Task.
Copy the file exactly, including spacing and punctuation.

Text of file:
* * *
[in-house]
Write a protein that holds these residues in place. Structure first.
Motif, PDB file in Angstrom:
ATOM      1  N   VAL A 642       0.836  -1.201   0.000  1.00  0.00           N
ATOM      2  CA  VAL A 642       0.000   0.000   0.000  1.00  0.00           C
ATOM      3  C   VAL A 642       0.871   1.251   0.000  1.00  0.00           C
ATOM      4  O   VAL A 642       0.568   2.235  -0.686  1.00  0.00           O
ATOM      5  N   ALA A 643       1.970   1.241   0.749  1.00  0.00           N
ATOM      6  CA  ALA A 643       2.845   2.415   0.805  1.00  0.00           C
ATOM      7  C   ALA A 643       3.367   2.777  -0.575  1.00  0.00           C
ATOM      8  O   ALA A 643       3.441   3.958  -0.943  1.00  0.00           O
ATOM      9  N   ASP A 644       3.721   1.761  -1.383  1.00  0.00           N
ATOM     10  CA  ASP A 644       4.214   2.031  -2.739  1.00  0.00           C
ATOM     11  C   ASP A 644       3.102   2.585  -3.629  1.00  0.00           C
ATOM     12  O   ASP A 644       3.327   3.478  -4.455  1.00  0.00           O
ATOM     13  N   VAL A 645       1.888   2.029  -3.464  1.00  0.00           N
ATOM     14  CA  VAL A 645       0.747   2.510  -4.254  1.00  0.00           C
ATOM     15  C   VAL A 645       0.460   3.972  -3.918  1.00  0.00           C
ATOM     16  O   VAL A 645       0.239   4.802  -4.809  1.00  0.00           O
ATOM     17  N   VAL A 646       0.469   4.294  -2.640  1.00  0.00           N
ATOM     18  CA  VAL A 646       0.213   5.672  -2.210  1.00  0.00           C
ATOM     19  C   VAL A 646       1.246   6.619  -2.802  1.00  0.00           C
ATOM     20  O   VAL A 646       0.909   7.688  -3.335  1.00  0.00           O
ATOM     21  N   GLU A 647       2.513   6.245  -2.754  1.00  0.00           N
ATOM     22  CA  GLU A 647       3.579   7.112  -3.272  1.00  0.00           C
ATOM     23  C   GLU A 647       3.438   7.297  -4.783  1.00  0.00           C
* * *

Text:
[in-house]
Write a protein that holds these residues in place. Structure first.
Motif, PDB file in Angstrom:
ATOM      1  N   VAL A 642       0.836  -1.201   0.000  1.00  0.00           N
ATOM      2  CA  VAL A 642       0.000   0.000   0.000  1.00  0.00           C
ATOM      3  C   VAL A 642       0.871   1.251   0.000  1.00  0.00           C
ATOM      4  O   VAL A 642       0.568   2.235  -0.686  1.00  0.00           O
ATOM      5  N   ALA A 643       1.970   1.241   0.749  1.00  0.00           N
ATOM      6  CA  ALA A 643       2.845   2.415   0.805  1.00  0.00           C
ATOM      7  C   ALA A 643       3.367   2.777  -0.575  1.00  0.00           C
ATOM      8  O   ALA A 643       3.441   3.958  -0.943  1.00  0.00           O
ATOM      9  N   ASP A 644       3.721   1.761  -1.383  1.00  0.00           N
ATOM     10  CA  ASP A 644       4.214   2.031  -2.739  1.00  0.00           C
ATOM     11  C   ASP A 644       3.102   2.585  -3.629  1.00  0.00           C
ATOM     12  O   ASP A 644       3.327   3.478  -4.455  1.00  0.00           O
ATOM     13  N   VAL A 645       1.888   2.029  -3.464  1.00  0.00           N
ATOM     14  CA  VAL A 645       0.747   2.510  -4.254  1.00  0.00           C
ATOM     15  C   VAL A 645       0.460   3.972  -3.918  1.00  0.00           C
ATOM     16  O   VAL A 645       0.239   4.802  -4.809  1.00  0.00           O
ATOM     17  N   VAL A 646       0.469   4.294  -2.640  1.00  0.00           N
ATOM     18  CA  VAL A 646       0.213   5.672  -2.210  1.00  0.00           C
ATOM     19  C   VAL A 646       1.246   6.619  -2.802  1.00  0.00           C
ATOM     20  O   VAL A 646       0.909   7.688  -3.335  1.00  0.00           O
ATOM     21  N   GLU A 647       2.513   6.245  -2.754  1.00  0.00           N
ATOM     22  CA  GLU A 647       3.579   7.112  -3.272  1.00  0.00           C
ATOM     23  C   GLU A 647       3.438   7.297  -4.783  1.00  0.00           C